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The president made a weekend call to Jordanian King Abdullah II to assure him of U.S. support, but also to say that Washington wants Jordan to move toward reform.

With protests rocking the Middle East, the Obama administration is reaching out to King Abdullah II of Jordan, trying to reassure a badly shaken ally of its support even as it calls for greater political freedom across the Arab world.

Abdullah has been among the leaders alarmed by the popular uprising that toppled Egypt's President Hosni Mubarak and Tunisia's President Zine el Abidine ben Ali, expressing his anxiety to Washington over the steadiness of U.S. support for its friends in the region.

Seeking to ease those fears, President Obama called the king over the weekend and has dispatched a procession of top officials to Jordan to reassure him of Washington's support. The emissaries included the State Department's No. 3 official, William J. Burns, and the top U.S. military officer, Joint Chiefs Chairman Adm. Michael G. Mullen.

Jordan's royal family is facing popular demands for more open government while also coming under pressure from the nation's tribal leaders, traditional supporters of the government. At the same time, the Obama administration is pressing for changes that could discomfit the king and his aides.

"You can't maintain power through coercion.... At some level, in any society, there has to be consent," Obama said at a Tuesday news conference, adding that people armed with nothing more than "a smart phone and Twitter account can mobilize hundreds of thousands."

American officials say they do not consider Jordan one of the Middle Eastern governments most threatened by recent anti-government demonstrations, pointing out that the Hashemite monarchy retains substantial popular support. But they acknowledge that the leadership has been badly shaken.

U.S. concern over Jordan became apparent last month, when the administration abruptly increased its annual aid contribution of $363 million by an additional $100 million, targeted primarily at the country's poor.

Obama made the weekend call to Abdullah to assure him of U.S. support, but also to say that Washington wants Jordan to move toward reform. Obama said "democracy will bring more - not less - stability in the region," the White House reported.

The king's alarm over the political unrest sweeping the region was plain Feb. 1 when, after a stream of demonstrations, he sought to placate the protesters by abruptly dismissing his unpopular prime minister, Samir Rifai. The new prime minister was given instructions to carry out "practical, swift and tangible steps to launch a real political reform process," the state-controlled news agency said.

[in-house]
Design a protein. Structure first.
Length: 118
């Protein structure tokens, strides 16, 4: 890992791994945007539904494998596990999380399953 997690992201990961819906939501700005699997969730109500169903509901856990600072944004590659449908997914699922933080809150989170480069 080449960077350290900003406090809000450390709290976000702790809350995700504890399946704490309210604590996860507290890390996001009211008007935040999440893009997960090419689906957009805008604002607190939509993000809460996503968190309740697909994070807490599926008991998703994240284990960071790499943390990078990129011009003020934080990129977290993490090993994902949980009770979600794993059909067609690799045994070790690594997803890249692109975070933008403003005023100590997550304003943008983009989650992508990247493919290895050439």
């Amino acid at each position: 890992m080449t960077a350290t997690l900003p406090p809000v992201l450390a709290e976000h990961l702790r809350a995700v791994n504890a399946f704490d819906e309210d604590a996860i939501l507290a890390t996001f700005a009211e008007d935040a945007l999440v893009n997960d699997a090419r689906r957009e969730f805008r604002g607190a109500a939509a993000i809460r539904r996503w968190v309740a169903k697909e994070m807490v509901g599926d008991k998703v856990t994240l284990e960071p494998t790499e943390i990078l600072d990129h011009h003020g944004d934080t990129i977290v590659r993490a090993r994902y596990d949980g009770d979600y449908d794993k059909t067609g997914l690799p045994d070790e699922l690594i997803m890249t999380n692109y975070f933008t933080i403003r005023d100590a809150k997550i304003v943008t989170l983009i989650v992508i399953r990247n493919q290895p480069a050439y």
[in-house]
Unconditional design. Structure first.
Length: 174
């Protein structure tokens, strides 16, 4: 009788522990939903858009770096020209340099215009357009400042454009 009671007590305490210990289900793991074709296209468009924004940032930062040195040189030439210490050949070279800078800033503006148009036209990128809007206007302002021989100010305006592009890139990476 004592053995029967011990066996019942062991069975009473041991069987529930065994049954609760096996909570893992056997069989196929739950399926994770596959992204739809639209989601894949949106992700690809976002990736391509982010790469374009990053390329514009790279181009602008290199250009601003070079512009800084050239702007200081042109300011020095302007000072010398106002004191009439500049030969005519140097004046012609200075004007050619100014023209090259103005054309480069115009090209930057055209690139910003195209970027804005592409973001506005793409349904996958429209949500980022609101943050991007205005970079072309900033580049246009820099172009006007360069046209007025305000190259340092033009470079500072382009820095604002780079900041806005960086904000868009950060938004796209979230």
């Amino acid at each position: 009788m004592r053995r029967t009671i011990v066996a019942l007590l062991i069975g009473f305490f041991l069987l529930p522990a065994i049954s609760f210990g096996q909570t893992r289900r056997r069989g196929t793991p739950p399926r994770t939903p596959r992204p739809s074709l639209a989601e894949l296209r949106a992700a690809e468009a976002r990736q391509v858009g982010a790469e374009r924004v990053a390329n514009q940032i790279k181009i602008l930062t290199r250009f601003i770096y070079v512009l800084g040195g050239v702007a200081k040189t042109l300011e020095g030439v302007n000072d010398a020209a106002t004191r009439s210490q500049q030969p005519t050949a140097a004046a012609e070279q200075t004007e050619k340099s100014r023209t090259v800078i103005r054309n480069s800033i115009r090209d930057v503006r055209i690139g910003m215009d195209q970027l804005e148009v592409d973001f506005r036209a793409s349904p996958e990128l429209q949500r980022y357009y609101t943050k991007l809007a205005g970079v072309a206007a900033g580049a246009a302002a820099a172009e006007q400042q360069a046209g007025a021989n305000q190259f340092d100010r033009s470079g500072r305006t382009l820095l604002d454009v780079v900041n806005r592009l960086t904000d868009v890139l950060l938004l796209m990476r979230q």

The interior minister this week acquiesced to another demand of the protesters: Marches will no longer need government permission.

The most alarming element of the political pressure, from the monarchy's viewpoint, has been an attack by some tribal leaders on Queen Rania, breaching long prohibitions against criticism of the royal family.

Last week, 36 leaders of Jordan's tribes, traditionally key supporters of the government, posted a letter on a Jordanian website demanding basic freedoms, condemning corruption and complaining about Jordan's huge debt. The kingdom has taken an economic battering from the global recession.

For the monarchy, the tribal leaders' letter cut too close to home by criticizing Rania for alleged excess in a country suffering dire water shortages and a stressed economy.

It singled out her 40th birthday party, held last September in a luxurious oasis called Wadi Rum. The letter provided no details of the event, but news accounts have recounted that 600 guests were fed fresh lobster in desert tents with no fear of sandstorms because water trucks "had been brought to douse potentially pesky sands," according to a former U.S. official who has been an advisor on the region.

At his news conference Tuesday, Obama bluntly warned Middle Eastern leaders that their young people will no longer put up with authoritarian governments and top-down economies. He urged governments to "get out ahead of change," especially at a time when their people are far more informed from using social media and other new technologies.

"The world is changing," he said at a White House news conference. "You have a young, vibrant generation within the Middle East that is looking for greater opportunity.... You can't be behind the curve."

Obama also used the occasion to contrast the Egyptian example of peaceful demonstrations with the Iranian one, where an authoritarian government has arrested opposition leaders and attacked protesters.

On Monday, one person was killed in Iran as police shut down a banned demonstration. And on Tuesday, Iranian hard-liners called for the arrest or execution of opposition leaders involved in the protests.